Its funny, I actually didnt have an announcement to make last year at GDC. I ran into one reporter on the street, and we talked about my hopes and dreams and what I left Ion Storm to do, and what I was pitching to people at the time, but I had barely begun pitching and I was in the middle of a non-compete, so it wasnt like there was a huge announcement or anything.

What happened with the companys involvement with Source?

We wrapped up our work with Valve a while back. Especially with the acquisition by Disney, the whole equation changed at that point. Weve been working on concept development for Disney for almost two years now, off and on, and at this point that doesnt involve Source.

Are you still looking into episodic games?

Ah, Im still pitching it, but you know, its an interesting challenge because right now there are two ways to succeed in episodic. You can either be an established player like Valve that can really say this is what were going to do, and were going to make it work, and weve got the track record, and the cash, and the fanbase to do it. Or, were going to do smaller, less sort of out-there, crazy, risky things.

I think the Sam and Max guys are doing a fantastic job. What I wanted to do was compete with Valve without the resources. [laughs] I was also unwilling to go after venture capital or give up a percentage of my company to make it happen, so that all kind of went away, sadly. I havent stopped fighting for it, but now I have to fight from within a publisher that its a good thing for them.

Would you mind talking about cartoons for a bit?

Im happy to talk about cartoons!

Your masters thesis was on Warner Bros. cartoons?

Yeah! It was a critical history of the Warner Bros. cartoon. I interviewed a bunch of the old directors -- Bob Clampett, Art Davis. Chuck Jones read my thesis and autographed it! I have an autographed masters thesis!

Im pretty sure -- I was enough of a geek about animation history that Im pretty sure that I was the first person on the planet to put together a complete listing of all the Warner Bros. cartoons. Other people have since published their own, but I was the first one to do that. Im a pretty serious hardcore cartoon geek.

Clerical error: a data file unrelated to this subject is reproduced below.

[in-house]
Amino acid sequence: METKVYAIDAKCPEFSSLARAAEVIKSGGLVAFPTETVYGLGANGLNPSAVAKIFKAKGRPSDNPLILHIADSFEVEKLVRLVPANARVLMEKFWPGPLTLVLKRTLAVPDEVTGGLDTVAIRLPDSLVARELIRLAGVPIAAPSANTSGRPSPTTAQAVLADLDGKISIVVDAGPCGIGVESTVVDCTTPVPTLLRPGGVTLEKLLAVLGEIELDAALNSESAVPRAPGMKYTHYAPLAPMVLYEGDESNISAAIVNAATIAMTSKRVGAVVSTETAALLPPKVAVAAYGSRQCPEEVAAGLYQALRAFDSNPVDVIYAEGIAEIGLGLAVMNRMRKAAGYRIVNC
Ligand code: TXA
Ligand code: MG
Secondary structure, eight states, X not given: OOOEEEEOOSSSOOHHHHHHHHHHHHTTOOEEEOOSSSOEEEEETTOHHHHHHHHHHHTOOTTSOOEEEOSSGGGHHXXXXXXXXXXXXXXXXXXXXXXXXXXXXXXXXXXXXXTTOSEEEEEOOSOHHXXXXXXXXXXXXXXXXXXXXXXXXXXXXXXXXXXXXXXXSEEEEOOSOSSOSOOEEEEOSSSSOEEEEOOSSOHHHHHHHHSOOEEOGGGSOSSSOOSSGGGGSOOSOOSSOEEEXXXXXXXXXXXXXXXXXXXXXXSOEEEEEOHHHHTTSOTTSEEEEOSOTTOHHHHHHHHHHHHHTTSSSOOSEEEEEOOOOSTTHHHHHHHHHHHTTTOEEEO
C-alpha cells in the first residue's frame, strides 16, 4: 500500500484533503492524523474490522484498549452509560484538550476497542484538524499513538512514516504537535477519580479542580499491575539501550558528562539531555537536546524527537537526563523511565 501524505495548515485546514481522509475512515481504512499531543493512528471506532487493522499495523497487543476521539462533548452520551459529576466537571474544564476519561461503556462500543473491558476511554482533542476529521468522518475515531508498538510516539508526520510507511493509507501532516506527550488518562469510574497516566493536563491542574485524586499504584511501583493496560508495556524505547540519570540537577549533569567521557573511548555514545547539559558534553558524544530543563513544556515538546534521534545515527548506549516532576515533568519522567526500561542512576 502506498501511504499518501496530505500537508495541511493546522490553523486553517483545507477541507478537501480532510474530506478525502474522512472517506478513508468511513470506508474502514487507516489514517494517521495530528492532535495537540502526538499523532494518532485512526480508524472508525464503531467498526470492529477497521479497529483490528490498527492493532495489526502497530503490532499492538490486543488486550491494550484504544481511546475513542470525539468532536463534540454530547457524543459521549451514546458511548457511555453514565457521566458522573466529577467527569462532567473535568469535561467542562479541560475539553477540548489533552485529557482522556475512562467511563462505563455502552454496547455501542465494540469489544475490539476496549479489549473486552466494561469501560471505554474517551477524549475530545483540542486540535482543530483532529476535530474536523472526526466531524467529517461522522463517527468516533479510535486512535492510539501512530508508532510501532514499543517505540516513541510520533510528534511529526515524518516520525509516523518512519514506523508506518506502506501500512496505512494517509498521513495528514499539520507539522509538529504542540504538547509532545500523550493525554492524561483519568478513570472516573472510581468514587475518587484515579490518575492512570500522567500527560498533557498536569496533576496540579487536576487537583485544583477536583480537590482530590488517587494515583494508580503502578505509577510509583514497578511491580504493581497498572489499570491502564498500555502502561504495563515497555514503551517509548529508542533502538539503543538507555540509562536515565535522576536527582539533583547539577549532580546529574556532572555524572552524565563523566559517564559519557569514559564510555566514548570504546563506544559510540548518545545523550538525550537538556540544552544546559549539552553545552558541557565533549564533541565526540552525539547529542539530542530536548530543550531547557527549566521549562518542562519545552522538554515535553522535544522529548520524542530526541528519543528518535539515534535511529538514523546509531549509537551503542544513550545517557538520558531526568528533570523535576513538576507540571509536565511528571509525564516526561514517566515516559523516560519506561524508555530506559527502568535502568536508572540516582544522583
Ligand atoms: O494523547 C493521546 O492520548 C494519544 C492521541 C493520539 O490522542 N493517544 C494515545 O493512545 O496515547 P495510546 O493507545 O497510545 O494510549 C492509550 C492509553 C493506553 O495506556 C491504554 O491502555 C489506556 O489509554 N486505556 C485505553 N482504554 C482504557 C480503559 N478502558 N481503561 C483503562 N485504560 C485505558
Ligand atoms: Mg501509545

Theres been a lot of interesting stuff on John Kricfalusis blog lately

His blog is awesome!

Hes been covering a lot of animation principles about music, and timing movement to beats do you think about that with game design, as well?

[laughs] Um, would you mind telling my team that? Yeah, that is one of my big soapboxes right now. Its funny because even the team doesnt really buy it just yet. Well see what we ship the game with, if I manage to make my case.

This might be a bit of a touchy topic, but the term Disney-fication has been used as a pejorative for perhaps watering down edgy material is that something youre concerned about in working for Disney?

You know, were still in that rose-tinted glasses phase. I mean, Ive been a Disney employee for what, since July 12th or June 12th or whenever E3 was. So far, things are looking pretty good. Obviously you have a concern any time you deal with a bureaucracy that big and that entrenched and that necessary I mean, this huge organization with lots to lose if they screw up.

Realistically, though, I think you know, I warned them who I was, and I told them this is what I do, and if you dont want it, go somewhere else. I think the key for gamers to understand is that what I want, if you can hear the air-quotes, is broader than what the game industry has so far allowed me to do.

One of the beautiful things about working with Disney is that, actually, you dont have to fight to do things that are a little more daring graphically. You dont have to make something that looks like every other game. You dont have to go for that super realistic sort of look, and no ones pressuring me to do the hyper-violent, guy-with-two-guns-wearing-sunglasses-at-night stuff.